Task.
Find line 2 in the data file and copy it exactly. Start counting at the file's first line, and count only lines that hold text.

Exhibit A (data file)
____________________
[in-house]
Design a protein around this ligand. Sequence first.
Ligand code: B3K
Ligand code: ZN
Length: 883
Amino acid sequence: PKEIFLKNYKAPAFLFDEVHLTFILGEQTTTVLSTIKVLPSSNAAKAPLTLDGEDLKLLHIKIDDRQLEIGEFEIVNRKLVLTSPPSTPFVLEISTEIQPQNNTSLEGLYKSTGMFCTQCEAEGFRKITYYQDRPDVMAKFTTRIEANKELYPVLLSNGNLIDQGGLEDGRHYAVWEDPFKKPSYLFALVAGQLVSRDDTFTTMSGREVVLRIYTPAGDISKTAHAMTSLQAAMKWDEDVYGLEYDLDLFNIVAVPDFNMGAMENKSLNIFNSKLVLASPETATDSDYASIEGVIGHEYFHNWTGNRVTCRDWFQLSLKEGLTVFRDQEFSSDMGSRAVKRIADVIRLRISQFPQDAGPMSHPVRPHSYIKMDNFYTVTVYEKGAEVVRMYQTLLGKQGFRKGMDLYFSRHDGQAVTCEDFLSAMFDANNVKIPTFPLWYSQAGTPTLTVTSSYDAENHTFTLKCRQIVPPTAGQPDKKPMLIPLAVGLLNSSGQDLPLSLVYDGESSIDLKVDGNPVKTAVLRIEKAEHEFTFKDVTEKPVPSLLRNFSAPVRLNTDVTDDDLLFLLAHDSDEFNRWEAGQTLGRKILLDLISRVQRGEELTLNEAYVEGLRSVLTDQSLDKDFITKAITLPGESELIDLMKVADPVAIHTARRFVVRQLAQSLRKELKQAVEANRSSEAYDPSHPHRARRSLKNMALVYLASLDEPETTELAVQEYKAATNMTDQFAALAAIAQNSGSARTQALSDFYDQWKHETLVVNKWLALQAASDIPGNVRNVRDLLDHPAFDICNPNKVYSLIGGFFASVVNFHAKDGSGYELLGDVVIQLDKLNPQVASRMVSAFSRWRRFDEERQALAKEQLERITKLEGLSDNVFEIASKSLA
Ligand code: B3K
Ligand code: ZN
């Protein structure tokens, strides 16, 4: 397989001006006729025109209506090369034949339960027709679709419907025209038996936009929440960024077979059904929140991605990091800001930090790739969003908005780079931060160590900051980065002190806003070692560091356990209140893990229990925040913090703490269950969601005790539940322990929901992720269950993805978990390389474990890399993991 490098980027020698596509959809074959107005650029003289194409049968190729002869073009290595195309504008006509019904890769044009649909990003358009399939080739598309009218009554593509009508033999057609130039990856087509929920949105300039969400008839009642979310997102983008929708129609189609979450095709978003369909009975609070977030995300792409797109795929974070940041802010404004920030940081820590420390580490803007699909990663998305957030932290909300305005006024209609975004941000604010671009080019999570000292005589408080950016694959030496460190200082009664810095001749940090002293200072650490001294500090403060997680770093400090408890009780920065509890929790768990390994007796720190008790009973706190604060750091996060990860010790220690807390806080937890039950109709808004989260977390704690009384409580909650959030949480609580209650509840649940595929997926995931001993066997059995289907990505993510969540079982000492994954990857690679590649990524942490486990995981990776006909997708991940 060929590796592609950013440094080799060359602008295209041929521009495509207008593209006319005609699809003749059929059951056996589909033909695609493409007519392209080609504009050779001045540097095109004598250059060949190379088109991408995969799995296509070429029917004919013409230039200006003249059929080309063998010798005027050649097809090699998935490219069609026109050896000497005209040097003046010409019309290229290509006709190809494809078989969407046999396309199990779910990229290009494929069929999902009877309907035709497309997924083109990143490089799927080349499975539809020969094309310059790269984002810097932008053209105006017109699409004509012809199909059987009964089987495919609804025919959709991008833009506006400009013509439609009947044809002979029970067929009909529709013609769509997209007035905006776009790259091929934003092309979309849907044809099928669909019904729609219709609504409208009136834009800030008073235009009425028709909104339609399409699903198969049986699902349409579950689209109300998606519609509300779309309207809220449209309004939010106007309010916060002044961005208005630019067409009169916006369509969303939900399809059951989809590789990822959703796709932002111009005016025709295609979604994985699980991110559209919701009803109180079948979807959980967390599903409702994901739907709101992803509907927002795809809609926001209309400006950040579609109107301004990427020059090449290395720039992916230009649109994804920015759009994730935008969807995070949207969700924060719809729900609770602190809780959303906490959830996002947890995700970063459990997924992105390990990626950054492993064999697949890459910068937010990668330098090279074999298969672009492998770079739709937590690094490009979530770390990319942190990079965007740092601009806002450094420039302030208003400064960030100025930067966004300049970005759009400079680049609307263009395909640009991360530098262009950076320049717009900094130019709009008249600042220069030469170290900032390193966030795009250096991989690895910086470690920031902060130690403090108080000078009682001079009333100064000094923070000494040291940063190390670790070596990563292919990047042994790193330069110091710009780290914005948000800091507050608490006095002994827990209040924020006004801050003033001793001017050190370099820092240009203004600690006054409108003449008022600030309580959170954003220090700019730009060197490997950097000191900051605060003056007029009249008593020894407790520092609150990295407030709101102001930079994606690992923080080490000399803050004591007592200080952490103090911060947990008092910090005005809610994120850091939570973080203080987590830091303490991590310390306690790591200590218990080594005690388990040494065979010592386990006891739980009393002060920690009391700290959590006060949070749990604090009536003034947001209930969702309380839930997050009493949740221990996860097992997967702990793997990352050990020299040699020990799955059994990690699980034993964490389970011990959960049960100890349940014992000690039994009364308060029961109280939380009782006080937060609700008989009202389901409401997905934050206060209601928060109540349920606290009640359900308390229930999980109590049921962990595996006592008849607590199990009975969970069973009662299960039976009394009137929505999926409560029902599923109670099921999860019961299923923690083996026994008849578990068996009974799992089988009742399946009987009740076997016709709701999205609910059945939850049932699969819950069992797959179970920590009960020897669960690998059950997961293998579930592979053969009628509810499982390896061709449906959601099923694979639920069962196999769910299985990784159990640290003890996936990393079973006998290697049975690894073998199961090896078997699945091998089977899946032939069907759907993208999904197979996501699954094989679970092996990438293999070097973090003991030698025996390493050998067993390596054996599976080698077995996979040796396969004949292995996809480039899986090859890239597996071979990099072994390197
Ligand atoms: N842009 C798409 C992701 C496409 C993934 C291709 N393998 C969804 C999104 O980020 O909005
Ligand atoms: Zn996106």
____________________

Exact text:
Design a protein around this ligand. Sequence first.